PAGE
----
Morphological similarity between biological structures in phylogenetically distant species is usually regarded as evidence of convergent evolution. Yet, phenotypic similarity is not always a sign of natural selection acting on a particular trait, therefore adaptation to similar conditions may fail to generate convergent lineages. Herein we tested whether convergent evolution occurred in the humerus of fossorial mammals, one of the most derived biological structures among mammals. Clades adapting to digging kinematics possess unusual, by mammalian standards, humeral shapes. The application of a new, computationally fast morphological test revealed a single significant instance of convergence pertaining to the Japanese fossorial moles (Mogera) and the North-American fossorial moles (Scalopini). Yet, the pattern only manifests when trade-off performance data (derived from finite element analysis) are added to shape data. This result indicates that fossorial mammals have found multiple solutions to the same adaptive challenge, independently moving around multiple adaptive peaks. This study suggests the importance of accounting for functional trade-off measures when studying morpho-functional convergence. We revealed that fossorial mammals, a classic example of convergent evolution, evolved multiple strategies to exploit the subterranean ecotope, characterized by different functional trade-offs rather than converging toward a single adaptive optimum.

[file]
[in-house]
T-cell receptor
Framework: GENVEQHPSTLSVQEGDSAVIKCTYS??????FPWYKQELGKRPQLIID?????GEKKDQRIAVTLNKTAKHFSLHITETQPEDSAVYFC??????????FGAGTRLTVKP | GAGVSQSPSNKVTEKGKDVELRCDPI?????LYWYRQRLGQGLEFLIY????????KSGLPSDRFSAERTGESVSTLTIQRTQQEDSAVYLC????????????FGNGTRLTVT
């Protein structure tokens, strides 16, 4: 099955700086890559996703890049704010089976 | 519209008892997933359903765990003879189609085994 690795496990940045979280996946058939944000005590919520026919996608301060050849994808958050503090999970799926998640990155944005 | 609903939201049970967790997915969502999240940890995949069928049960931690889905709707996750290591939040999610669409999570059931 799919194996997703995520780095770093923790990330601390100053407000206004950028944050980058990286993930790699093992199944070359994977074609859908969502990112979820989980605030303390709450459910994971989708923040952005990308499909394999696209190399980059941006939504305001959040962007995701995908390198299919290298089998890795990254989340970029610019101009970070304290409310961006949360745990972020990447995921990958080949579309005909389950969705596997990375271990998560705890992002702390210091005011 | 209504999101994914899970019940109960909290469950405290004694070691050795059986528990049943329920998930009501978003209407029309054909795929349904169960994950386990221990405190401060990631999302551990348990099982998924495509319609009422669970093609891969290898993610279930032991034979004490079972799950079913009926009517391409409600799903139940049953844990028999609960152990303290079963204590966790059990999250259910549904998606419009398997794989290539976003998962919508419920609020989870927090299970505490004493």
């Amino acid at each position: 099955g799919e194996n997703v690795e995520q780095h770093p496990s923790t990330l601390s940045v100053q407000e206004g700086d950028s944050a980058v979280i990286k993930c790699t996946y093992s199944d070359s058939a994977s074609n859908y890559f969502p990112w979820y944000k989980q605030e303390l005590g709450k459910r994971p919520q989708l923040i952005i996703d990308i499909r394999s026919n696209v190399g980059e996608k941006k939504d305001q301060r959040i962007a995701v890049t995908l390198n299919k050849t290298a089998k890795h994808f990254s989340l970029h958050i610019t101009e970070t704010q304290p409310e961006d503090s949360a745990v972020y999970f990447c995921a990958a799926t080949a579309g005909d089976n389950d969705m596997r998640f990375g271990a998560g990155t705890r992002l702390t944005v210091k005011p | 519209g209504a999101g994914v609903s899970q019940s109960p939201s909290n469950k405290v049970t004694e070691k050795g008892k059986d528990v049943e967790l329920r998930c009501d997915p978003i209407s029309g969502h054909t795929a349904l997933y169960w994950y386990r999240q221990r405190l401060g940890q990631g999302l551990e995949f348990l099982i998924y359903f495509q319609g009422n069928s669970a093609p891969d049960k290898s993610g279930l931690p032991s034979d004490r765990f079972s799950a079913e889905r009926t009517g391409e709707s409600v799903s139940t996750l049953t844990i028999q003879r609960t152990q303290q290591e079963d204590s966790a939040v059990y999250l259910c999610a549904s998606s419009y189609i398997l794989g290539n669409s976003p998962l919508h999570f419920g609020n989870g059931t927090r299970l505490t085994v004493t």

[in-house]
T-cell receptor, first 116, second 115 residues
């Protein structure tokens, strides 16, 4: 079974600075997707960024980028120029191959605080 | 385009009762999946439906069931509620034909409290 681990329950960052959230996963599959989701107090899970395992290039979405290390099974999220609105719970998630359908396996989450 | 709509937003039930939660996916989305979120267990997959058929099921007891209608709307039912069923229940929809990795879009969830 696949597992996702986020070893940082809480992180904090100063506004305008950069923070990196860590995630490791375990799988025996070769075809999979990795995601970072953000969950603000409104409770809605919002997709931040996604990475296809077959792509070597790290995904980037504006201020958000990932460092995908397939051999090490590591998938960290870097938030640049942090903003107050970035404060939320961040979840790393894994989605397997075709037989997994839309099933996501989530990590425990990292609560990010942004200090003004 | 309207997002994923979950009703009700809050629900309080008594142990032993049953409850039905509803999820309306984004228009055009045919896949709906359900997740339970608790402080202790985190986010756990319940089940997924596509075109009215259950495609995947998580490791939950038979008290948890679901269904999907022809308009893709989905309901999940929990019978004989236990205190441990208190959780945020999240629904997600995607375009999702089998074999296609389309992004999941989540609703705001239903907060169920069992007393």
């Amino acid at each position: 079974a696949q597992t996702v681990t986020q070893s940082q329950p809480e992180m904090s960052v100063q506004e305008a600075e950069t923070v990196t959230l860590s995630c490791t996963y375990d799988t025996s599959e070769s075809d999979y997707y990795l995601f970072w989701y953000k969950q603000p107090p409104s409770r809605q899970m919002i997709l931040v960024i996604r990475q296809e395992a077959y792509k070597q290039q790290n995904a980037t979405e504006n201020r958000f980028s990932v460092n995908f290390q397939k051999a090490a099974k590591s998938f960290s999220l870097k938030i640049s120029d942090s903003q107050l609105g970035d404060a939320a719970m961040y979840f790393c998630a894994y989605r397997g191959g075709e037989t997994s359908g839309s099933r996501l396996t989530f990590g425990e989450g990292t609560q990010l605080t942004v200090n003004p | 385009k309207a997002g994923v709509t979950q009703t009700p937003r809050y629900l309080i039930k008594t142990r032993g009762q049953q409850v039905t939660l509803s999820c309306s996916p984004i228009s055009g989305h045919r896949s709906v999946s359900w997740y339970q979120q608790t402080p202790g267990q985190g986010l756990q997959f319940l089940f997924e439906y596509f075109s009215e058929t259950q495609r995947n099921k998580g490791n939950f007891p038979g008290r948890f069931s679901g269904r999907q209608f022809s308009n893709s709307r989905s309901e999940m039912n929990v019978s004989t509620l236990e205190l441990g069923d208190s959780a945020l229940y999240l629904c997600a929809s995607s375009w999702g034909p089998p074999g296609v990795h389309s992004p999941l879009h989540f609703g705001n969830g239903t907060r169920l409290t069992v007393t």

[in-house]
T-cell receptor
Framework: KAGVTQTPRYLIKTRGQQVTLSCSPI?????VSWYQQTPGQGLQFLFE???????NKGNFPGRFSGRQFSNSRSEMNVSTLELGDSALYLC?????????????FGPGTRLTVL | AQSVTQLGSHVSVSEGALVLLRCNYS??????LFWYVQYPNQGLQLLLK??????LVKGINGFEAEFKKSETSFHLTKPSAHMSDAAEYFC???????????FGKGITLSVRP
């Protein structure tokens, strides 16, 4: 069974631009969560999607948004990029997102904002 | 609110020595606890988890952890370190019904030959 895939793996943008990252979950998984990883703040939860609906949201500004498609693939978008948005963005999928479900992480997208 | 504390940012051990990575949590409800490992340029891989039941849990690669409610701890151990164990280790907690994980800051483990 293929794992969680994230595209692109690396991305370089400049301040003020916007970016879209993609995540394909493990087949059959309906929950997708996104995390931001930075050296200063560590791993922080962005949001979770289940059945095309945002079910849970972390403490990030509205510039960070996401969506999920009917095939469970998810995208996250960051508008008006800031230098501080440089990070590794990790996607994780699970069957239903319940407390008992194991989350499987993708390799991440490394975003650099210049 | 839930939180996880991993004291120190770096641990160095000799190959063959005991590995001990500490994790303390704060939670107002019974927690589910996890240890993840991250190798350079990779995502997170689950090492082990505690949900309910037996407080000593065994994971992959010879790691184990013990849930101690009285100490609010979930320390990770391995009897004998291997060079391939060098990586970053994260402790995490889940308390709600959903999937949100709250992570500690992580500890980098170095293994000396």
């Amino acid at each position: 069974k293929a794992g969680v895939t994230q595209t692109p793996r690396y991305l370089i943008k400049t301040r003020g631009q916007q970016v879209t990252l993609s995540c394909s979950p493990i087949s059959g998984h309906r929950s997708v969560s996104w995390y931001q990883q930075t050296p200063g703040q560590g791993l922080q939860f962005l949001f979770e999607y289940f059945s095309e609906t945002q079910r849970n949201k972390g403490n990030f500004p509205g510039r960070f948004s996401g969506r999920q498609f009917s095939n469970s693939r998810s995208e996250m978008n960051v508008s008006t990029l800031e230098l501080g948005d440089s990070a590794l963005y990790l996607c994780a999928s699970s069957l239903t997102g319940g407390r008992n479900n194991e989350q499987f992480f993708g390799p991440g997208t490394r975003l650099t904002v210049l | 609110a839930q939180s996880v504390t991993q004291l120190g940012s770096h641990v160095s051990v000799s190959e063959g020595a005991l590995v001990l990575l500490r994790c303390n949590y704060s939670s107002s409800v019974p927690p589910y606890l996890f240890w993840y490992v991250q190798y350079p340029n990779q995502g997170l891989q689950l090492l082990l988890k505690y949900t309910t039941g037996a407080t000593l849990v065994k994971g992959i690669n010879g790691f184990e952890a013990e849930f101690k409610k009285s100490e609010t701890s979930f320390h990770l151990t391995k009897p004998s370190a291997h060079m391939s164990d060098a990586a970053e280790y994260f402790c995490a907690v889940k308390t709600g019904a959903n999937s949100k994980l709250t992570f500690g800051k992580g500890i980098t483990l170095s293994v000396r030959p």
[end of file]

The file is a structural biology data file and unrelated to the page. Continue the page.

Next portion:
Bibliographical note© 2020, Authors.
- finite elements analysis
- fossorial mammals
- geometric morphometrics